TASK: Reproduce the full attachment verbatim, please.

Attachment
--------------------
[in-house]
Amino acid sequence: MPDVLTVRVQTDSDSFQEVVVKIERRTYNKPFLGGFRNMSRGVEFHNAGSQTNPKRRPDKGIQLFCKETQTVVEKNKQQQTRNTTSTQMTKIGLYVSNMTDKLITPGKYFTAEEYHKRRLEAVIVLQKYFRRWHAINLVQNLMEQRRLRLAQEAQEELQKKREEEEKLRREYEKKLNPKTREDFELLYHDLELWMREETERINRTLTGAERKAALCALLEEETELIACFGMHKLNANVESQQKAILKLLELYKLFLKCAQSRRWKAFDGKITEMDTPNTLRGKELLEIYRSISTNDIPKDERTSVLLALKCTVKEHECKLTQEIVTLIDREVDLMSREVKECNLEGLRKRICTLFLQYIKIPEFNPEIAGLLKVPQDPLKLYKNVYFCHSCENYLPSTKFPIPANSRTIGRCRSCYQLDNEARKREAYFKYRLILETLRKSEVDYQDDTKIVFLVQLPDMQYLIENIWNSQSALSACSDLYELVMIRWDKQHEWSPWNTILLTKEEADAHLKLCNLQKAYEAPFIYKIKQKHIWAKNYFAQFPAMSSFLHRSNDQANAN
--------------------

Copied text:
[in-house]
Amino acid sequence: MPDVLTVRVQTDSDSFQEVVVKIERRTYNKPFLGGFRNMSRGVEFHNAGSQTNPKRRPDKGIQLFCKETQTVVEKNKQQQTRNTTSTQMTKIGLYVSNMTDKLITPGKYFTAEEYHKRRLEAVIVLQKYFRRWHAINLVQNLMEQRRLRLAQEAQEELQKKREEEEKLRREYEKKLNPKTREDFELLYHDLELWMREETERINRTLTGAERKAALCALLEEETELIACFGMHKLNANVESQQKAILKLLELYKLFLKCAQSRRWKAFDGKITEMDTPNTLRGKELLEIYRSISTNDIPKDERTSVLLALKCTVKEHECKLTQEIVTLIDREVDLMSREVKECNLEGLRKRICTLFLQYIKIPEFNPEIAGLLKVPQDPLKLYKNVYFCHSCENYLPSTKFPIPANSRTIGRCRSCYQLDNEARKREAYFKYRLILETLRKSEVDYQDDTKIVFLVQLPDMQYLIENIWNSQSALSACSDLYELVMIRWDKQHEWSPWNTILLTKEEADAHLKLCNLQKAYEAPFIYKIKQKHIWAKNYFAQFPAMSSFLHRSNDQANAN